In a coastal area, you can grow tons of food year around without using a drop of fresh water, and get 80% of your energy from the sun. You can grow lots of crops with ocean water if you go about it right, and do so with less input capital than traditional business plans for a commercial hydroponic greenhouse operation. There is also no reason that the average person can’t use the same methods to grow their own private food source, but this particular post is about just how much impact the innovations in place at Sundrop Farms.

They grow millions of kilos of top quality produce on the edge of The Outback… at a lower cost than anyone else. And they’re using solar power and sea water to do it. In fact, this indoor farm is so successful they recently gained the attention of an investment group who have funded a massive expansion of their facilities.
 

 
Getting something from nothing is obviously possible. Technology and innovation can relieve us of the shackles Big Ag wants to keep the world tethered with. Big business lobbies long, hard hours to keep their complexities glued in place. Ah, but you see, new life arises from chaos, which is basically the state of the world today, while habit is the result of order.

Sundrop Farms is gearing up to install 20-hectares of new indoor growing space in the middle of the desert, and in a remote spot outside of town at that. Summer heat is brutal where they are, but as you can see by the image above their crops are lush and thriving in the climate-controlled greenhouses. Arid conditions don’t exist under their poly-cover. The same system that desalinates the ocean water they use to run the hydroponic systems, also provides both cooling and humidity to the thousands of plants they’re already growing. All mechanical is powered by sun energy too. It’s completely sustainable without any assistance from the grid.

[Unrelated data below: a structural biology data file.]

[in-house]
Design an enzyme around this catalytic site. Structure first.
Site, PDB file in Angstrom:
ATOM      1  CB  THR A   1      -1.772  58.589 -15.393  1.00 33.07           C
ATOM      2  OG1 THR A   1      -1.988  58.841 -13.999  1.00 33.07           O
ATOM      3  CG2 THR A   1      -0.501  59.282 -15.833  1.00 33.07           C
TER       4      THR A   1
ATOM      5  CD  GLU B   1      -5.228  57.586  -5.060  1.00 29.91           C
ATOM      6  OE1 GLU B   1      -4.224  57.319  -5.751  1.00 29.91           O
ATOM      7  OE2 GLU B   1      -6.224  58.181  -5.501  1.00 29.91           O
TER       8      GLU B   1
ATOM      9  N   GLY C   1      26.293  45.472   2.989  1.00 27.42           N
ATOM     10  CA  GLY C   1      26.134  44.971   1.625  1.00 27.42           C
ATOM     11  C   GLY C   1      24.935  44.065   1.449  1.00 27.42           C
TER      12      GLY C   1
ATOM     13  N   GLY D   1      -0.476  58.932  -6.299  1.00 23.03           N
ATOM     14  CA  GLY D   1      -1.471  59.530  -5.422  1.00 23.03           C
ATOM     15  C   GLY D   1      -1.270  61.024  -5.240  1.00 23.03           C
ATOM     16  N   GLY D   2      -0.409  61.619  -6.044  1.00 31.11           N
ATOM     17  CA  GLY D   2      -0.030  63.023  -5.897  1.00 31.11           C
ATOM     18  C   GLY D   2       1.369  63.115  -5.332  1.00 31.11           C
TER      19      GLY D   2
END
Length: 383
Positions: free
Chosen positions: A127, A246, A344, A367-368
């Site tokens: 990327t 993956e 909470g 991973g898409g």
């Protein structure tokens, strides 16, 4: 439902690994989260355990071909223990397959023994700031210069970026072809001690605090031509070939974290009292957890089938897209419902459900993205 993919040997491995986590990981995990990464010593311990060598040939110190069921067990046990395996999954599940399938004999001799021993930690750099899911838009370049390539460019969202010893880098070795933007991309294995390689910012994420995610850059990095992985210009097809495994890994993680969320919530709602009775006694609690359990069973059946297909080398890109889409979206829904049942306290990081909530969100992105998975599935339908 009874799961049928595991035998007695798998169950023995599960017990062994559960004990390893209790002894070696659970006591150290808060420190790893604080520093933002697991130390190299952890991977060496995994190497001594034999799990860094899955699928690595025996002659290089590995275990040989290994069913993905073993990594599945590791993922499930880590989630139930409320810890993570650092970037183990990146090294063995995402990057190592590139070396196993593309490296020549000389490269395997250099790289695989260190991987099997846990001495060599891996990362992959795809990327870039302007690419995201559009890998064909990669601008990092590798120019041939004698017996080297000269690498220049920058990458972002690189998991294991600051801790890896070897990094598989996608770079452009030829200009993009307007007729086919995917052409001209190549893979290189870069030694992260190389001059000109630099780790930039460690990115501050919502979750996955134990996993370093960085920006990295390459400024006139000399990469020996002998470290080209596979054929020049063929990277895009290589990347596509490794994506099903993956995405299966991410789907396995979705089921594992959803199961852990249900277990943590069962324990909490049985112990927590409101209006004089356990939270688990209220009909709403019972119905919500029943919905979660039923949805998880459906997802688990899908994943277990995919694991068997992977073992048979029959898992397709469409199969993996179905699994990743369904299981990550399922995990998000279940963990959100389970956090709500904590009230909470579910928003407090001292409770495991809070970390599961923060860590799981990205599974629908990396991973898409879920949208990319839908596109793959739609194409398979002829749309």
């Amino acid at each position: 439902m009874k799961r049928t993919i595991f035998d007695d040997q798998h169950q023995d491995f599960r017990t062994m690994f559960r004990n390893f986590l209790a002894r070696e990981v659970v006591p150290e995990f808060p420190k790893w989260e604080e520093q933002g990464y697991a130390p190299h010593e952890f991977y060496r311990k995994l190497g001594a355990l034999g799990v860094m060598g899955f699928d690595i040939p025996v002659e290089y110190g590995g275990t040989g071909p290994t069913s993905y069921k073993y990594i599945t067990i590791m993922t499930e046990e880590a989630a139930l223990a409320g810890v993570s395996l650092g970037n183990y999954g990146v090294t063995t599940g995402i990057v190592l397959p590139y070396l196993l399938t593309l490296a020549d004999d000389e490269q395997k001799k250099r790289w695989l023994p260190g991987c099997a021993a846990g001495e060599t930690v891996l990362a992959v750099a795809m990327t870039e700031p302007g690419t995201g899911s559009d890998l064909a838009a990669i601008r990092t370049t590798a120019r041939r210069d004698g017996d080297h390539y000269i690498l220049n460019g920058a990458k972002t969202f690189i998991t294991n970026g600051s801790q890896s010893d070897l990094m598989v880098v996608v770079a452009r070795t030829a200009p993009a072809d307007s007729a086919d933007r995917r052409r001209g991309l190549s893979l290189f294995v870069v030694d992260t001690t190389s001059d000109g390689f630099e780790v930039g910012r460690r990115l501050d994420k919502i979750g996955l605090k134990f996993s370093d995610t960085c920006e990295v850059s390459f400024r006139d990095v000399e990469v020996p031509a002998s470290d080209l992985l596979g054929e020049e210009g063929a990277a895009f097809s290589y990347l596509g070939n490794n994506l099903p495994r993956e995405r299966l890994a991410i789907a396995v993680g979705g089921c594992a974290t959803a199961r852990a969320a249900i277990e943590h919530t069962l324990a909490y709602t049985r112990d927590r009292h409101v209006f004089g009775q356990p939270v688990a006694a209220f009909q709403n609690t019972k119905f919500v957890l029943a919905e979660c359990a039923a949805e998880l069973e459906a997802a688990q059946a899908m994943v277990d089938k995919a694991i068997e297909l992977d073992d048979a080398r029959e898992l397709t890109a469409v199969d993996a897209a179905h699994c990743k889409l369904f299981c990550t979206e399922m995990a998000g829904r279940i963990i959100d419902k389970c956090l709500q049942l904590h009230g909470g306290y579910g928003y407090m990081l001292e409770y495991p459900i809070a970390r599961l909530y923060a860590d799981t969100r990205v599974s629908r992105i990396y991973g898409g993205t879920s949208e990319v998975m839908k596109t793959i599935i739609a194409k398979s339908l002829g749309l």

We wrote a little about Sundrop in a post on the Seawater Greenhouses company’s work in the EA and Australia last summer. While their start up was a Seawater Greenhouse design, they have changed all that, re-engineering it to use the sun to desalinate their water. What they’re doing is totally new, while the ‘innovation’ still in use in Qatar and other arid places is actually ancient Greek knowledge written about by Aristotle. SG didn’t invent it, and there are others around the world testing the same method of turning saltwater fresh, but only Sundrop is harnessing the sun to provide all their needs.

They’re using parabolic mirrors that follow the sun from dawn to sunset, capturing every drop of energy it beams down. However, there is still some limited use of fossil fuel in the form of natural gas. This is because even in a warm climate, there are cool periods and cloudy days, both of which lead to imperfect harvests, reduction of production, and plant health problems. No commercial client is going to buy less-than-perfect fruits! Shoppers won’t purchase them.

They only resort to this backup energy system when absolutely necessary in order to maintain everything at a profitable level of quality. They still use very little fossil fuel to grow massive quantities of fresh, pesticide-free tomatoes, peppers, and cucumbers at Sundrop Farms.

This change from the original plan didn’t make the Seawater Greenhouse gang very happy, but while it was a good place to start a totally new way to get water for growing, the design had serious flaws. The rest of the Sundrop team bought out Paton’s share of ownership in the venture, and retooled everything. The desalinators weren’t built for the long haul under commercial growing pressure. Still, for making the impossible possible with very little working capital, it is obviously a workable plan that you could make better. How long would one expect cardboard and plywood to hold up being constantly wet? And highly corrosive salt water at that.

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Amber

Amber

Contributing Writer at Garden Culture Magazine
The garden played a starring role from spring through fall in the house Amber was raised in. She has decades of experience growing plants from seeds and cuttings in the plot and pots.
Amber